Come on, really? Zero emails in the inbox? Actually yeah, i often have nothing in my email inbox. Let me explain why. We try to use email as a todo list. That is why we don‘t archive, we don’t delete, and everything just sits in there until we get it done, or until we pile enough on top of it that our brain forgets about it. By leveraging a true todo list, emails become more like reference material. They contain the information i need to complete a task, but they no longer represent the task itself. This is freeIng. In my experience something like 80% of emails that have little reference content anyways, so they can all be archived or deleted. Then 15% of emails hold one single piece of reference material, usually a link to some other document or webpage. That link can be dropped into the comments of the todo item and boom, there goes 95% of your email inbox. The last 5% of emails with long form content inside it can be filed into different email folders In the same way that we file notes and supporting materials (see also, Tickler File section below). So that they can be simply referenced back up when the associated task needs to be actioned upon. Now do I always have zero emails? No. No i often still fall into using email as a todo list, or i just leave the reference emails in my box if i know i will be taking action soon. But i would say i rarely have more than 5-10 emails in there, and i probably get to zero a few times per week. It is always my goal to get to zero and it is a good gauge of how much i am currently trusting and utilizing my system.



Tickler File

There are plenty of times when something comes into your inbox that requires action but the action is not ready until a future date. In this case you need this item to be put away but then resurface on the date that you can actually do something with it. In GTD, Allen calls this a tickler file. A file where you can store items to be resurfaced at the right time. Email snooze is great way to implement this. Most email clients these days let you snooze an email and pick a date and time for it to resurface. Most todo apps also allow you to set due dates far into the future. These are all forms of just pushing off important things til there is actually something for you to do. Which declutters the now.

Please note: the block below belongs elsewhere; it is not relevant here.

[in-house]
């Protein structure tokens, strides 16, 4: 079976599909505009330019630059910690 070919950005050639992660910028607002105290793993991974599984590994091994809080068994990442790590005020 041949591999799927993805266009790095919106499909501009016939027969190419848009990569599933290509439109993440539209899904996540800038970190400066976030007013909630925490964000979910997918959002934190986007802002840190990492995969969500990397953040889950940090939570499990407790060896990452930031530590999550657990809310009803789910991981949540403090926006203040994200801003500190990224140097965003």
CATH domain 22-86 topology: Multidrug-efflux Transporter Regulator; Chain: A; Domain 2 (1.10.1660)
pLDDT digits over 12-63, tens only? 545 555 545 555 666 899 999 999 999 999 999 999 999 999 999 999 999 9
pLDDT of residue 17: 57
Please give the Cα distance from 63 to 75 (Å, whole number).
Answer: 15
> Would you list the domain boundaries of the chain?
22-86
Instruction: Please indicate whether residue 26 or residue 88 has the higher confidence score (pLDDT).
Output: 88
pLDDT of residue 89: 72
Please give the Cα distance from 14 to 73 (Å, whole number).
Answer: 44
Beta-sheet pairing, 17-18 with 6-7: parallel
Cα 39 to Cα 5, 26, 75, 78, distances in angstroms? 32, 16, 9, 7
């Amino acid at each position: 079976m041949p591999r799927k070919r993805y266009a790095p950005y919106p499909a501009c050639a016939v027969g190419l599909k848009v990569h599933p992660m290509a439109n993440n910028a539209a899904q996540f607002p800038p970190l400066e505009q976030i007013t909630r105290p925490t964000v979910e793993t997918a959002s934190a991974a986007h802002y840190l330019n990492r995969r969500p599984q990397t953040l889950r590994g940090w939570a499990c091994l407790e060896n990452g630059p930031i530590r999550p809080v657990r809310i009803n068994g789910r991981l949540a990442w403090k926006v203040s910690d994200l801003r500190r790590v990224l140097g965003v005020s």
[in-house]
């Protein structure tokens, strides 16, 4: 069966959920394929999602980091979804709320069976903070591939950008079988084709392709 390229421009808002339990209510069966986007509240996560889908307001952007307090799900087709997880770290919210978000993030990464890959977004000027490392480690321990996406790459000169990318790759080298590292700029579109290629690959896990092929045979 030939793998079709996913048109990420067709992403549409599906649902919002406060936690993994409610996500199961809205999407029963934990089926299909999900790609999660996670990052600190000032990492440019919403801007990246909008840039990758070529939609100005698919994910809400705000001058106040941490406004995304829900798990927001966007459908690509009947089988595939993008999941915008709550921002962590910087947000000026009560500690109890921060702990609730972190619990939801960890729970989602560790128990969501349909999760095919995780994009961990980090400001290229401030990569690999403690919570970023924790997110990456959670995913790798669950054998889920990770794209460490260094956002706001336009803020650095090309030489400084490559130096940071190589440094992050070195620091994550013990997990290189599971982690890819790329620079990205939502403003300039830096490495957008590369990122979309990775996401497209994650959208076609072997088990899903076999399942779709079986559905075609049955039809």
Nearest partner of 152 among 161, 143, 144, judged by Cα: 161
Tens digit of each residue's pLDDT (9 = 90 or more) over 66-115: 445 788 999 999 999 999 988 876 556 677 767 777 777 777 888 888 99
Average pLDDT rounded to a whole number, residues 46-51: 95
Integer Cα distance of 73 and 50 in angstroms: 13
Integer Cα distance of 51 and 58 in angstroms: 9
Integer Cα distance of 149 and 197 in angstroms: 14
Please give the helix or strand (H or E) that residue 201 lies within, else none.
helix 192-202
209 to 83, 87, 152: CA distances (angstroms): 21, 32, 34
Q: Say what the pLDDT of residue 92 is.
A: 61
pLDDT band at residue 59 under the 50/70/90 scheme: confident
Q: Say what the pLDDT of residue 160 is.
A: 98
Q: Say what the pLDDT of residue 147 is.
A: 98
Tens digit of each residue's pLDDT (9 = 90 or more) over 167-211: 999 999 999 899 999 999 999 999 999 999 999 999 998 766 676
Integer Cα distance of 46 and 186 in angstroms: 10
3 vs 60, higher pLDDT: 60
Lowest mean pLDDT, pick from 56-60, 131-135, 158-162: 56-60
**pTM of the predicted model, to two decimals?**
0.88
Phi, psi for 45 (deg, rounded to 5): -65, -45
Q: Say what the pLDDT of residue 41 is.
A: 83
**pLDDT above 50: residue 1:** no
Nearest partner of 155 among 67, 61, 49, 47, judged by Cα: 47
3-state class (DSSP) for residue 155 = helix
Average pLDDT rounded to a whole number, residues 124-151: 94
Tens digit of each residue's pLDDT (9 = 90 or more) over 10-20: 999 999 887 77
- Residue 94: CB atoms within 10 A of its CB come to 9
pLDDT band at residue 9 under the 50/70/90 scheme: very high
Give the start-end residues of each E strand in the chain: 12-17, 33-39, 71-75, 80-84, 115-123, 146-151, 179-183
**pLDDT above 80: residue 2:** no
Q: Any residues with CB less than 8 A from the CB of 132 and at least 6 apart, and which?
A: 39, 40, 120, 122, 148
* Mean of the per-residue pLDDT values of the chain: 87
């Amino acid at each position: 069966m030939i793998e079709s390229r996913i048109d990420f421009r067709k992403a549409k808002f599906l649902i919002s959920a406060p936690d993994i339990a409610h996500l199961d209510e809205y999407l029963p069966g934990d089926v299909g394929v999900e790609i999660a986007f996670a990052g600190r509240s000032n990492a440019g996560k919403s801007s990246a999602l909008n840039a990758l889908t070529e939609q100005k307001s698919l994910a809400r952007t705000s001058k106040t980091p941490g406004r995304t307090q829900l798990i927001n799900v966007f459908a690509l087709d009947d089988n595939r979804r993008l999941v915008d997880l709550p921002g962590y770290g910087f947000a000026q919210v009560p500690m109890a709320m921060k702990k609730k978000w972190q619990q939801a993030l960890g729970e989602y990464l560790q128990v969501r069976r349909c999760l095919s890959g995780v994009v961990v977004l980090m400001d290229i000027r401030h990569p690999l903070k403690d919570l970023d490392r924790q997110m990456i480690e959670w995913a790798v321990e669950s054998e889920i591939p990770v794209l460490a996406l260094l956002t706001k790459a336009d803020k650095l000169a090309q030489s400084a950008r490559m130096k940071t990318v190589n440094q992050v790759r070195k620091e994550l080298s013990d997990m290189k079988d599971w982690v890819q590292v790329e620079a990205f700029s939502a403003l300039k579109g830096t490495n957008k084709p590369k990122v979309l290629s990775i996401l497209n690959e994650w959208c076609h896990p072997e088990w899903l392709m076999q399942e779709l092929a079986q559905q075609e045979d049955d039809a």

Visualizing my Priorities

Ok, so I’ve emptied out every digital, physical, and psychological drawer in my life. Now i have all these tasks, and no idea what i should be working on…When I first started this journey I remember the thing that was the hardest for me to understand. If I have so many different lists, how will I prioritize my tasks across all of the everything? Here are the different views that i use to see all of my tasks in Todoist.


The first high level view is a time-based categorization for all of my actions:


  1. Today. This is for the items did i deemed so important that i marked them as due today. I try to be overly protective of this category. For this i use the due date feature in Todoist. This is the view that stays open all day on computer.

  2. On Deck. These are the items that don’t have to be today, but probably this week. For this i use a tag @thisweek. I review these items whenever my today view is low or empty (usually at the beginning of each day).

  3. Backlog. If ya ain’t in the first two, then you’re in the backlog by default. These are all the items with no due dates and no @thisweek tag. All of these items are reviewed in the weekly review in order to promote the appropriate tasks into the on deck circle.


This approach is kinda loosely based on the AGILE methodology of Kanban.


Within the Today timeframe and the On Deck timeframe. i further split tasks into views for my high level project areas.

  • Personal

  • Home

  • Work

  • Investing


I pretty much have different times throughout the day scheduled to handle each of these lists. So by segregating them I can just look at the appropriate tasks at the appropriate times. For example, early in the morning I do all of my personal items, then home items. Work items are done during work hours. For Investing tasks i set aside special times during the day like on a lunch break to complete these based on volume and or urgency.